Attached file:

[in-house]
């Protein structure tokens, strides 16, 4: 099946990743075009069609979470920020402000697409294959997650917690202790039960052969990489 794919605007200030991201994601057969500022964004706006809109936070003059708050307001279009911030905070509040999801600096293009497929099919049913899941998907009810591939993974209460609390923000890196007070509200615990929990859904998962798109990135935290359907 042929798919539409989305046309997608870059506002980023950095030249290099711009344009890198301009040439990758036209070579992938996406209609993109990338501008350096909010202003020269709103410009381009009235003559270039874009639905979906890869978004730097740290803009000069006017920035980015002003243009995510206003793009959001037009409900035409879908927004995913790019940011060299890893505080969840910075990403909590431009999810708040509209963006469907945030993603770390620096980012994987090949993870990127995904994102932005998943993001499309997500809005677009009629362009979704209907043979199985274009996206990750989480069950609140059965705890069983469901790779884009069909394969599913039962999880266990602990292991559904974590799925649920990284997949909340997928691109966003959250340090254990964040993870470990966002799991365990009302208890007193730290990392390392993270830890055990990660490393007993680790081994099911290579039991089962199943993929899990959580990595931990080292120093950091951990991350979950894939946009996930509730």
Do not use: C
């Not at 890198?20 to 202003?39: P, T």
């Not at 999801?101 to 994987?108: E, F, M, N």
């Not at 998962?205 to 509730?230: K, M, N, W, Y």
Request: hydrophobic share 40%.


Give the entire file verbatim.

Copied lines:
[in-house]
């Protein structure tokens, strides 16, 4: 099946990743075009069609979470920020402000697409294959997650917690202790039960052969990489 794919605007200030991201994601057969500022964004706006809109936070003059708050307001279009911030905070509040999801600096293009497929099919049913899941998907009810591939993974209460609390923000890196007070509200615990929990859904998962798109990135935290359907 042929798919539409989305046309997608870059506002980023950095030249290099711009344009890198301009040439990758036209070579992938996406209609993109990338501008350096909010202003020269709103410009381009009235003559270039874009639905979906890869978004730097740290803009000069006017920035980015002003243009995510206003793009959001037009409900035409879908927004995913790019940011060299890893505080969840910075990403909590431009999810708040509209963006469907945030993603770390620096980012994987090949993870990127995904994102932005998943993001499309997500809005677009009629362009979704209907043979199985274009996206990750989480069950609140059965705890069983469901790779884009069909394969599913039962999880266990602990292991559904974590799925649920990284997949909340997928691109966003959250340090254990964040993870470990966002799991365990009302208890007193730290990392390392993270830890055990990660490393007993680790081994099911290579039991089962199943993929899990959580990595931990080292120093950091951990991350979950894939946009996930509730």
Do not use: C
């Not at 890198?20 to 202003?39: P, T």
């Not at 999801?101 to 994987?108: E, F, M, N």
């Not at 998962?205 to 509730?230: K, M, N, W, Y």
Request: hydrophobic share 40%.